Re: Global Equity Markets: The Case of Royal Dutch and Shell
Structure: The Royal Dutch/Shell Group is different because it appears that it is functioning as a single company instead of two separate companies. Yet, they are functioning as two separate companies. The Shell Company in the Netherlands, the Shell Company in the UK and the Shell Petroleum Company in the USA all appear to be maintaining their own identities in their respective countries. The Royal Dutch and Shell Company share equally in the Shell Company in the Netherlands, The Shell Company in the UK and the Shell Company in the U.S. They are not separate companies since they are linked by corporate charter. There is a ...view middle of the document...
It also allows companies to avoid some of the legal approval process by the SEC. Investors may shy away from buy foreign stocks but an ADR makes the process simple. ADRs are equivalent certificates traded in the U.S. and issued in exchange for the shares of foreign entity kept at a depository bank Companies that issue ADRs make their stock available to the U.S. market and investors and eliminate some of the barriers to acquiring foreign capital.
Price Differential: The price differential of Royal Dutch/Shell according to Exhibit 8 is Europe 13.80% and New York 11.71%. Shell trades at a significant discount to Royal Dutch and Europe offers a small discount .01% to New York. One reason for the price differential may be the taxes in the different countries. Exhibit 3 shows that Royal Dutch is owned mostly in the U.S. and in the Netherlands while Shell is owned mostly in the UK. The 60/40 split between Royal Dutch and Shell may be because of tax laws. The case mentioned that “pension funds sometimes faced tax asymmetries from with respect to the two stocks.” It went on to say that in the Netherlands pension funds were exempt from withholding taxes on Royal Dutch but not on Shell.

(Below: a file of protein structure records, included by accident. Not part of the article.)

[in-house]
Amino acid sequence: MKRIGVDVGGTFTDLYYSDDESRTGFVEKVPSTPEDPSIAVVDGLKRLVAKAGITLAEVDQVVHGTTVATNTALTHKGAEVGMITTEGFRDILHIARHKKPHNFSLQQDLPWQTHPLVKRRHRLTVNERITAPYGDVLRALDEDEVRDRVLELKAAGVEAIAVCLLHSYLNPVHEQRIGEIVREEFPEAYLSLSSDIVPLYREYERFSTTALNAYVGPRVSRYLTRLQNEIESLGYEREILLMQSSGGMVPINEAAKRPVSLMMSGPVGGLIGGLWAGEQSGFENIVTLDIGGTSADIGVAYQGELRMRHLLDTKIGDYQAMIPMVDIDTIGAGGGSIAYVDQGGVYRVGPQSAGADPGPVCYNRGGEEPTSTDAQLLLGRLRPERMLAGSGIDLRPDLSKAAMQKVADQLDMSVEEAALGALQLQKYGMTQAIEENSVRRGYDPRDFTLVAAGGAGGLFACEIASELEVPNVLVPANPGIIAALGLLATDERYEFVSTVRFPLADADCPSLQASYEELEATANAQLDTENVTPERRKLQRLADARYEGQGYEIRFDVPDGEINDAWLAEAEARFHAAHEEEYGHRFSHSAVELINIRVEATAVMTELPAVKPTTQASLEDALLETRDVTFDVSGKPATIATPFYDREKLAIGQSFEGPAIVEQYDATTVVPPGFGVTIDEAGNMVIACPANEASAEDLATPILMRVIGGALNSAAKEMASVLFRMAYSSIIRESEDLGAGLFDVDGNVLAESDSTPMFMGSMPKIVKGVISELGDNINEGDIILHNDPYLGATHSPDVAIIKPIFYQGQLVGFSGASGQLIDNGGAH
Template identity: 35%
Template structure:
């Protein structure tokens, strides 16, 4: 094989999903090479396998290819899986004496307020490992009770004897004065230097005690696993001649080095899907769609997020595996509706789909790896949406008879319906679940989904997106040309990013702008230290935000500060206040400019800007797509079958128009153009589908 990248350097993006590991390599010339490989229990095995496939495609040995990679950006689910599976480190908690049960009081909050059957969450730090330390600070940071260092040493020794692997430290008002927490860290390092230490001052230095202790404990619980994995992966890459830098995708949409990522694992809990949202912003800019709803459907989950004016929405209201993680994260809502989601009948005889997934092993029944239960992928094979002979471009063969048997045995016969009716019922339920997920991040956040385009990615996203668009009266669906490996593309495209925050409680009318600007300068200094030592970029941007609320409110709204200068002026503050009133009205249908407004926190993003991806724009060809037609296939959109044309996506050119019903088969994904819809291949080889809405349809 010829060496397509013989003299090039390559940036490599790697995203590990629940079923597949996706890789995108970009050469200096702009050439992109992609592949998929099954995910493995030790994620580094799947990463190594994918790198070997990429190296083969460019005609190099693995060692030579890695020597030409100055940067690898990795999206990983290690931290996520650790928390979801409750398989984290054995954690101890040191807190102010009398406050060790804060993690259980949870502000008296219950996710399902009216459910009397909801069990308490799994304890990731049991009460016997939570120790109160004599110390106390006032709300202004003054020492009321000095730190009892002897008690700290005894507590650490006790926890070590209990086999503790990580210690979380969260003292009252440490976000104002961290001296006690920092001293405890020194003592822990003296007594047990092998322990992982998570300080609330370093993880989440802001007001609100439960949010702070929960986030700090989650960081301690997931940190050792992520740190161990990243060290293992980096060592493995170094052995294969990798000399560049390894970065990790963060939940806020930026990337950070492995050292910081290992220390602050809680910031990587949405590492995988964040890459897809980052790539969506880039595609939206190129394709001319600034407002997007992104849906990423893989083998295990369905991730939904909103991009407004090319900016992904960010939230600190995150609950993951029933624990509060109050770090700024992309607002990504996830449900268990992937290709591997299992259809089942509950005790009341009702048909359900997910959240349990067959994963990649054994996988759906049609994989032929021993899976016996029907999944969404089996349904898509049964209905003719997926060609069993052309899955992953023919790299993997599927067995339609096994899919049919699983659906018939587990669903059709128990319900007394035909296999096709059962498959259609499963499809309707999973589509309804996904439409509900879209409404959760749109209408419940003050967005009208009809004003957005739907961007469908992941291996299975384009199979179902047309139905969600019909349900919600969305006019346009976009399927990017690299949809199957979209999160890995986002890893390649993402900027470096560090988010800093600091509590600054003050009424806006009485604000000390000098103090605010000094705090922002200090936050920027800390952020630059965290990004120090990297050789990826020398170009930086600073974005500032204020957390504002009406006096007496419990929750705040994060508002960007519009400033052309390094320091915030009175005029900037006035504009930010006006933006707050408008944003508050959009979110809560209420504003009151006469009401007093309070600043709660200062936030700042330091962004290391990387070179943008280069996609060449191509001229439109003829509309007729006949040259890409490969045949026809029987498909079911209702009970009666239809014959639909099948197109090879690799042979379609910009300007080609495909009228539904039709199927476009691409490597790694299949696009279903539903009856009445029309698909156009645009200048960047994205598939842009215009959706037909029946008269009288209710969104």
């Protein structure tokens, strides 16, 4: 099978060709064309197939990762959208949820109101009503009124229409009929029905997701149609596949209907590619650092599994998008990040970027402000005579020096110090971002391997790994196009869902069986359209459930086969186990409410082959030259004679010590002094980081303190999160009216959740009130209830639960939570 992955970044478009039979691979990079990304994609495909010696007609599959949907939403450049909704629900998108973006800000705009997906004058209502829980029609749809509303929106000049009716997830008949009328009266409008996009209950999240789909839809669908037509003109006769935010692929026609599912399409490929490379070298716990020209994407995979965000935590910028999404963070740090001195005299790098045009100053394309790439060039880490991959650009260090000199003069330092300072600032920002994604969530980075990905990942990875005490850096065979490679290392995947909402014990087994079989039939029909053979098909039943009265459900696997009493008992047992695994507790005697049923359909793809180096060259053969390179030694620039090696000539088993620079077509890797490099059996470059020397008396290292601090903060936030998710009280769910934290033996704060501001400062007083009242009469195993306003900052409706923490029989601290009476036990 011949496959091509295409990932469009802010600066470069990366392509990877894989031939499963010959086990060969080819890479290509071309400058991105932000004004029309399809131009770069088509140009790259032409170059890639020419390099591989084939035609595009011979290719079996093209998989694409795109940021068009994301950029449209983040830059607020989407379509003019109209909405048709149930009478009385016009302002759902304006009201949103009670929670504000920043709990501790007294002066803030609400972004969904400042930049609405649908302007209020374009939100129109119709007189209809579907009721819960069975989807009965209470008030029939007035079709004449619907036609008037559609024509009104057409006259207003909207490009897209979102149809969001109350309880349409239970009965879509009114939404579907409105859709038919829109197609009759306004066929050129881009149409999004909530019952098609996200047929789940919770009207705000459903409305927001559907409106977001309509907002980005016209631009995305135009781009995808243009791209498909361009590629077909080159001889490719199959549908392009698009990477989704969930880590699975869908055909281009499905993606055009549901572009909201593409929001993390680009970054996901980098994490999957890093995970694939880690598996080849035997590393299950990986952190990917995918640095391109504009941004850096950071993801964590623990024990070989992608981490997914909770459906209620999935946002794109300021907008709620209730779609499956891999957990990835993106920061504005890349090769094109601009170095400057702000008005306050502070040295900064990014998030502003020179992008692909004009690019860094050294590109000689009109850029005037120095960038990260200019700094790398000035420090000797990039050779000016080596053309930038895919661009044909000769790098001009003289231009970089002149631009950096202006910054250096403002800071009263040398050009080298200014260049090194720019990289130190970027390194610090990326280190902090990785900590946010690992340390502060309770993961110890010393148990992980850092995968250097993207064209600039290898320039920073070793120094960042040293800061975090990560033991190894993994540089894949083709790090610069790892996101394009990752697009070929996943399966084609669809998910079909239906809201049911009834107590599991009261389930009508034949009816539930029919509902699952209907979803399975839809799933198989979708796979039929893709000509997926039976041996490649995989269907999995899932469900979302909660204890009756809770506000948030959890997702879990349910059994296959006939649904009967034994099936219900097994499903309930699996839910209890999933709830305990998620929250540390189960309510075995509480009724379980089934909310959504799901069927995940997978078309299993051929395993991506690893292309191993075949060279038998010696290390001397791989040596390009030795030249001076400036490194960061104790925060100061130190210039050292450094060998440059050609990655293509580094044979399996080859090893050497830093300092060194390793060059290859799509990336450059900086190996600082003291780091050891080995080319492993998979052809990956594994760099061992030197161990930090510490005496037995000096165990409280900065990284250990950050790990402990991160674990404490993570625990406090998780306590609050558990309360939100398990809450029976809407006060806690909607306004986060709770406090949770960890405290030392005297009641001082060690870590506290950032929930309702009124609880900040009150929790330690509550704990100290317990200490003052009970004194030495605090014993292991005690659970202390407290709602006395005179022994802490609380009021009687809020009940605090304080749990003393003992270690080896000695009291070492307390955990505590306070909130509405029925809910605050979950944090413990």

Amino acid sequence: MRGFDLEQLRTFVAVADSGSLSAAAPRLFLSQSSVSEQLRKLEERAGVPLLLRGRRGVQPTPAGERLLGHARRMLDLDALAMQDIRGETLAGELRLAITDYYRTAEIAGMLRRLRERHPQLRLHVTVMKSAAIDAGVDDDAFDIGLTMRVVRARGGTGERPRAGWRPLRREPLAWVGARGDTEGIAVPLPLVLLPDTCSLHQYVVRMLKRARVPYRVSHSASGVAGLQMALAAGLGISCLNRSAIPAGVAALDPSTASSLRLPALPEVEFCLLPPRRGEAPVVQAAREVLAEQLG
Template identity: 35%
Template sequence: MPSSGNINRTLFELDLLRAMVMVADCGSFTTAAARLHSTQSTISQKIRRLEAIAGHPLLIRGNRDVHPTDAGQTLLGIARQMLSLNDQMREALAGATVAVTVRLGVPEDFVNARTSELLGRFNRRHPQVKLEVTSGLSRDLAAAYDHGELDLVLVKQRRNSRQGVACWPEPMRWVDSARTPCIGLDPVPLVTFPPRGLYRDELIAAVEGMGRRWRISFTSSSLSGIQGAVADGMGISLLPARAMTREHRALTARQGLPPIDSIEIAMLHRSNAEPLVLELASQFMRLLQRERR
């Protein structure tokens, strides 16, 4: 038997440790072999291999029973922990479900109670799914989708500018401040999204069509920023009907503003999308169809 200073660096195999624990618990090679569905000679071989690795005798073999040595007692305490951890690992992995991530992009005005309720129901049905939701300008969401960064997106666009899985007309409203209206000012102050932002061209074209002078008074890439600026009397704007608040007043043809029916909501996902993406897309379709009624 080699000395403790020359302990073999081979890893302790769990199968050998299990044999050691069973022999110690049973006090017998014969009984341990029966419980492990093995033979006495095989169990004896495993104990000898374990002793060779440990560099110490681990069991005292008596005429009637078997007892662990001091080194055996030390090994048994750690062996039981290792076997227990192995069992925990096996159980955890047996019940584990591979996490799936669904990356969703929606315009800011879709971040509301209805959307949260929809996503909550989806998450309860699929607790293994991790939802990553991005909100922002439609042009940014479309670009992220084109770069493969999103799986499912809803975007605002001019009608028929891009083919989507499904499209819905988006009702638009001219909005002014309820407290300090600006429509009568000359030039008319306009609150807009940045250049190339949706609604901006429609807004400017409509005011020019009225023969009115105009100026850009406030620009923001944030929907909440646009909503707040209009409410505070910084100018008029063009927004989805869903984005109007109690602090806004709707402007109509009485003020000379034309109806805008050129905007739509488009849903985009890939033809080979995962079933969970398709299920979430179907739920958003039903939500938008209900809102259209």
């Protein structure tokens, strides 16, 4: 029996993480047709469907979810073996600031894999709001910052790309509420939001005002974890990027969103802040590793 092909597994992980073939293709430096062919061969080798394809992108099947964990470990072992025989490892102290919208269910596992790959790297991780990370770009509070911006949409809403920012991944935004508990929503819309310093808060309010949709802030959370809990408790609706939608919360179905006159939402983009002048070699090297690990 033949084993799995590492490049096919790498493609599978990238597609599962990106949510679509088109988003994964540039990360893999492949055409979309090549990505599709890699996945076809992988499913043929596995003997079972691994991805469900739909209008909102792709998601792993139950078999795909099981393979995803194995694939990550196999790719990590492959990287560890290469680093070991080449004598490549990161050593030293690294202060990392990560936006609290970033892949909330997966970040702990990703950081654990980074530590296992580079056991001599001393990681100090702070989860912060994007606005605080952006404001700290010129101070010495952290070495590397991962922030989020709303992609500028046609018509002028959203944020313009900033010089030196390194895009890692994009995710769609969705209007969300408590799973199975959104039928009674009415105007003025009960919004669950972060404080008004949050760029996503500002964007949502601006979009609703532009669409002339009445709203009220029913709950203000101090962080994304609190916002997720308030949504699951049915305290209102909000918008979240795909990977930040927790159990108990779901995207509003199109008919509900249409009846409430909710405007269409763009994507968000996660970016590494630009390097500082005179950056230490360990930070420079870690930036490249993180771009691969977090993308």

Another reason may be the differences in currency for the respective countries which would result in a difference in dividends. According to the case Exhibit 10 shows the difference between Royal Dutch and Shell ADR returns from New York. “The return differential was regressed on three indices and two exchange rates.” The table show the beta based on local currency.
Arbitrage Opportunities: Based on the price differentials I believe that there are arbitrage opportunities. One arbitrage transaction is to sell your stock in Royal Dutch and buy shares of Shell stock. The investor would then sell his/her shares of Shell stock and buy Royal Dutch. Another arbitrage transaction would be to short Royal Dutch stock. The investor would then buy Shell and eventually sell Shell and buy back Royal Dutch. Another arbitrage opportunity would be to enter into the swap agreement that was mentioned in the case in which you would exchange the total return on one instrument for the total return on another, plus or minus a fee, where the total return on an instrument is its price appreciation or loss during the holding period, plus interest or dividend income paid on the instrument during the holding period. The third option would be to enter into a swap with the Wall Street firm.
Net Payoffs: The case stated that the one way commission is 5cents per share. New York has a two way commission of 10 cents giving us a 25 cent commission. Shell...